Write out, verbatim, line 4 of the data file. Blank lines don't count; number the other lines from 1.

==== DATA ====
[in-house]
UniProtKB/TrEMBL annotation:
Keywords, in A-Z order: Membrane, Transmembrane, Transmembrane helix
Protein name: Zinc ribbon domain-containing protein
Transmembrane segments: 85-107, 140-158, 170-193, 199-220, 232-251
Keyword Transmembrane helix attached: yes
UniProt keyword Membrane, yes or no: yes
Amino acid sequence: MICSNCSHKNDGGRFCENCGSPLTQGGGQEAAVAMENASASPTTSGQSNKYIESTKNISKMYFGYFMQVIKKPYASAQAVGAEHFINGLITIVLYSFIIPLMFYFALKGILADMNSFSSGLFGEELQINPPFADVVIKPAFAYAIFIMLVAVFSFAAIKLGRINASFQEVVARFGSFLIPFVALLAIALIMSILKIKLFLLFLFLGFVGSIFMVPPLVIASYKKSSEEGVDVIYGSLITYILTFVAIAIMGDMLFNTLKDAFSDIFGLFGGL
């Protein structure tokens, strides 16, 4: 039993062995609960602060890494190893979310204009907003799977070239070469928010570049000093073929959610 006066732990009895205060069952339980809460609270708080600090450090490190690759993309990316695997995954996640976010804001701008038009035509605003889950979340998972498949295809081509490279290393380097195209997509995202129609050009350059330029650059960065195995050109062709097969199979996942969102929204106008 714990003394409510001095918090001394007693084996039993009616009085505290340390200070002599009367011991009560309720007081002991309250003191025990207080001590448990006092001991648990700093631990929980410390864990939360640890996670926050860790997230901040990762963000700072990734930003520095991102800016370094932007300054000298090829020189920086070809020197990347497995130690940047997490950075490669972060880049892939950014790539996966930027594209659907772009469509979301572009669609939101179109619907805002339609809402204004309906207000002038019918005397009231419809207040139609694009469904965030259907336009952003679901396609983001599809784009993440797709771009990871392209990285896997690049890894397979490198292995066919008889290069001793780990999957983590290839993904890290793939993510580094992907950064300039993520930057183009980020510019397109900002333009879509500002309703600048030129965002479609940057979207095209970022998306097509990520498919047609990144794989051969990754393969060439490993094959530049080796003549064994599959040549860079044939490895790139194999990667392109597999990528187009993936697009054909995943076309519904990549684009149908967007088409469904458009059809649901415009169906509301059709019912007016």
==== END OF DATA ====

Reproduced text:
Protein name: Zinc ribbon domain-containing protein